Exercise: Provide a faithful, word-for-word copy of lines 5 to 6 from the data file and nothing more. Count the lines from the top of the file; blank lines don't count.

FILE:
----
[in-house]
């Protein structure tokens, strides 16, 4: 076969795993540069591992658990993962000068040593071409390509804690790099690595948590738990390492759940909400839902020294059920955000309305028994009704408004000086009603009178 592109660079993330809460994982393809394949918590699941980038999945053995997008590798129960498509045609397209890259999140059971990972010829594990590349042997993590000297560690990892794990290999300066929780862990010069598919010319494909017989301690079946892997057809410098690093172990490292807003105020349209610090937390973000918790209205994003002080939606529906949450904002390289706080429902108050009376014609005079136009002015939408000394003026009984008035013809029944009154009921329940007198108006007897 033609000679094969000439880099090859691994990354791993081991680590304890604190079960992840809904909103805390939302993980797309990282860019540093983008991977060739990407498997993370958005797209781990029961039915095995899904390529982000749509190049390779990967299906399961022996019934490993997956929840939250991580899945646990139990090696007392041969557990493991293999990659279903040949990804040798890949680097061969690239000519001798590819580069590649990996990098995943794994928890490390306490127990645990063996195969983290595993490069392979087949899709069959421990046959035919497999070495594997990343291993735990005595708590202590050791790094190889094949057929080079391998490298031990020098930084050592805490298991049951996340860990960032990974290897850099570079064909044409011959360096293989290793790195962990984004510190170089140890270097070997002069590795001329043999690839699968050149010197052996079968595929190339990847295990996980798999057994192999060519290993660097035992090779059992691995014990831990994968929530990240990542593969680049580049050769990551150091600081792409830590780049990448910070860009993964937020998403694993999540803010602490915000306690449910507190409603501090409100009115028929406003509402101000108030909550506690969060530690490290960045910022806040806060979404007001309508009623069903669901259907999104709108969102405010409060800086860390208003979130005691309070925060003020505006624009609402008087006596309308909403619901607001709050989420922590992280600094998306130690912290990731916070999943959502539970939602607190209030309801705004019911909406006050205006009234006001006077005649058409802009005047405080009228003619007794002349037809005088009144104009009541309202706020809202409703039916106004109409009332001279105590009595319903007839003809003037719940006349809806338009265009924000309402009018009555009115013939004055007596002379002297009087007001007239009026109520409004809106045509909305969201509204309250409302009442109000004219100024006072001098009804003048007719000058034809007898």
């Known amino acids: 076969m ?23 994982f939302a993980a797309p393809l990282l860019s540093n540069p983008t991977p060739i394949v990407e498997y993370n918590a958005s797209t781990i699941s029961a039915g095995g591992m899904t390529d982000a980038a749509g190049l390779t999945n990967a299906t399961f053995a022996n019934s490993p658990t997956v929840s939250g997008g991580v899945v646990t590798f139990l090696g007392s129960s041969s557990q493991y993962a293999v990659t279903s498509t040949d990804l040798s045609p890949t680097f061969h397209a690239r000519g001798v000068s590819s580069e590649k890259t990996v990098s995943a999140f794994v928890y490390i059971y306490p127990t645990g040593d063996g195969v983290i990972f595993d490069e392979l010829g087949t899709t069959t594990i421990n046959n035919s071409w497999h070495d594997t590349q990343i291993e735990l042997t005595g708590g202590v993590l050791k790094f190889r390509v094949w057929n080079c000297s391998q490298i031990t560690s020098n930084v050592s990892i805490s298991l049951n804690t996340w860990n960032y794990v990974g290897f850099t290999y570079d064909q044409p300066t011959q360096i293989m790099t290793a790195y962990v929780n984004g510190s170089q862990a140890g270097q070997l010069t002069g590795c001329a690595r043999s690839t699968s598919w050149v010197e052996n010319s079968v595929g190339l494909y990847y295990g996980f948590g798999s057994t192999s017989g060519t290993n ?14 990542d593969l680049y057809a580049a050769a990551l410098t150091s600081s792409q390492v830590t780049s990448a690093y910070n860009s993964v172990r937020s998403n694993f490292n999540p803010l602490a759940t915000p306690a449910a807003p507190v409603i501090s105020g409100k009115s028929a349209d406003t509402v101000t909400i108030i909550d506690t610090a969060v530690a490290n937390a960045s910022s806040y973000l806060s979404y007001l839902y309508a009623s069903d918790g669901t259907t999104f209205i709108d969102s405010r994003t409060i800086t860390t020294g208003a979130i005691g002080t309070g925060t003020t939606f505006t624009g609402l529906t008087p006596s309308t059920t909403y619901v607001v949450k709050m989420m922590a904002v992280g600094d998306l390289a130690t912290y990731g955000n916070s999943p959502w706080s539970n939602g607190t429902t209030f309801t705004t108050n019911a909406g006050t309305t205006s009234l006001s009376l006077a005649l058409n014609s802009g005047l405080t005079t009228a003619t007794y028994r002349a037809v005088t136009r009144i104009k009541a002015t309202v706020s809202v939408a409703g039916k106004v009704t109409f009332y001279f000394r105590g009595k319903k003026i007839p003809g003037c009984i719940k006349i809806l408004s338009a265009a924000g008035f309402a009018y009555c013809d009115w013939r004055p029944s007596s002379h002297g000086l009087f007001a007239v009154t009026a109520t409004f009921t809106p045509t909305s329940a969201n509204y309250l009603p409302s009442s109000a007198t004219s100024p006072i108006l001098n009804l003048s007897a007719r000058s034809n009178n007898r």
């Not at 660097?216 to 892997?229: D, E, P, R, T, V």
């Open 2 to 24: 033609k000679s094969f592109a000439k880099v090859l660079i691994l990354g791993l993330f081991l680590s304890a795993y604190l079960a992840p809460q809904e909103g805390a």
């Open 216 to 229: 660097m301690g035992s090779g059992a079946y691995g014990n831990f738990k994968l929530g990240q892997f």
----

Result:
């Open 2 to 24: 033609k000679s094969f592109a000439k880099v090859l660079i691994l990354g791993l993330f081991l680590s304890a795993y604190l079960a992840p809460q809904e909103g805390a």
């Open 216 to 229: 660097m301690g035992s090779g059992a079946y691995g014990n831990f738990k994968l929530g990240q892997f």